A third factor has been crisis in Israel’s domestic politics, which has entailed the rise of more right-wing, bellicose and often corrupt elements. A fourth and closely related difficulty is the continued U.S. and Israeli failure to address the Palestinian question, and to move toward its equitable and secure resolution.

Australia’s role then and now

The U.S. has the power to address the central issues constructively but is unlikely to do so without effective argument and pressure domestically and from the rest of the world, including from such allies as Australia, a country with a history of opposition to even-handedness on the Palestine question.

That Australia can play either positive or negative roles is well demonstrated by the related histories of our relations with China (and Vietnam). Then Opposition leader Gough Whitlam’s coinciding visit to China in 1971 indicated a degree of international awareness. This initiative was a corrective to the then Coalition Government’s pressure in support of hawkish U.S. policy directions evident in both its ill-conceived commitment to land-war in Asia and its ideologically-based opposition to normalizing relations with China.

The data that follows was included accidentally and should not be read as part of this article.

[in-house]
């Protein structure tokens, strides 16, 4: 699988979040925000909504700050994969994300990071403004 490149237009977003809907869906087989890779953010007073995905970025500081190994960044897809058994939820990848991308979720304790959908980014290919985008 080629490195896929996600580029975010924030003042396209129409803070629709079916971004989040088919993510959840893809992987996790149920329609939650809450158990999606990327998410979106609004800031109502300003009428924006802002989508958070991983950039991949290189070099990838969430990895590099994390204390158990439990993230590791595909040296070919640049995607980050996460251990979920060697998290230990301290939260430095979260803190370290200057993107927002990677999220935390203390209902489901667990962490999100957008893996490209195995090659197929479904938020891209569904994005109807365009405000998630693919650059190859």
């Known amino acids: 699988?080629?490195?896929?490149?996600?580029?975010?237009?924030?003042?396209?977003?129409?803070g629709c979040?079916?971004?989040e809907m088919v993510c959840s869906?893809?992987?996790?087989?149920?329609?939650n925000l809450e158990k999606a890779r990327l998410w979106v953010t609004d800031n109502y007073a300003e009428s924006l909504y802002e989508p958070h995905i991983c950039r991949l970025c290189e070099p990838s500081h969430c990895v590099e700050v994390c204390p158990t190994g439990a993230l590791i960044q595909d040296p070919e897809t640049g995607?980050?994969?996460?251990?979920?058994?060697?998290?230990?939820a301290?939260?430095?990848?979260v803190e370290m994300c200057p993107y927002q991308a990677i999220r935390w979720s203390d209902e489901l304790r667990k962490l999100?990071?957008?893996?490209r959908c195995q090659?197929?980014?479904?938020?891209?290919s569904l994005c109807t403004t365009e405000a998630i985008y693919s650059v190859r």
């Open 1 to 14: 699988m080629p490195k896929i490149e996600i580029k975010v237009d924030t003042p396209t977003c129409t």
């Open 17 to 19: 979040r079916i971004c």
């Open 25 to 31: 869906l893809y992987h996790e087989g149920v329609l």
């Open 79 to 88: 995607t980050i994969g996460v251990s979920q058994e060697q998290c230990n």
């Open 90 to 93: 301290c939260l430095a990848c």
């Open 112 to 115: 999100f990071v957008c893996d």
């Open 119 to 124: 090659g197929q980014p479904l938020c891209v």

That pressure from the then Coalition Government did the U.S. no favours and did nothing to advance Australia’s own security.

As indicated in recent contributions by Hugh White (and here) and James Curran, these lessons remain relevant today for Australia’s foreign policies with respect not only to Asia and the U.S. but to the continued over-interventionist role of the U.S. and other Western powers in the Middle East region.

Barry Naughten bio

Barry Naughten, PhD, MAIR, MEc, BSc is a Departmental Visitor in the Centre of Arab and Islamic Studies (CAIS), ANU, where he is completing a book on U.S. foreign energy policy in the Middle East. He was formerly a Senior Economist in ABARE, the Commonwealth Government economic research agency, where he specialised in energy economics. He has published journal articles and book-chapters in these and related fields.

He is contactable on and on



Written by Barry Naughten

August 23, 2012 at 1:25 am

One Response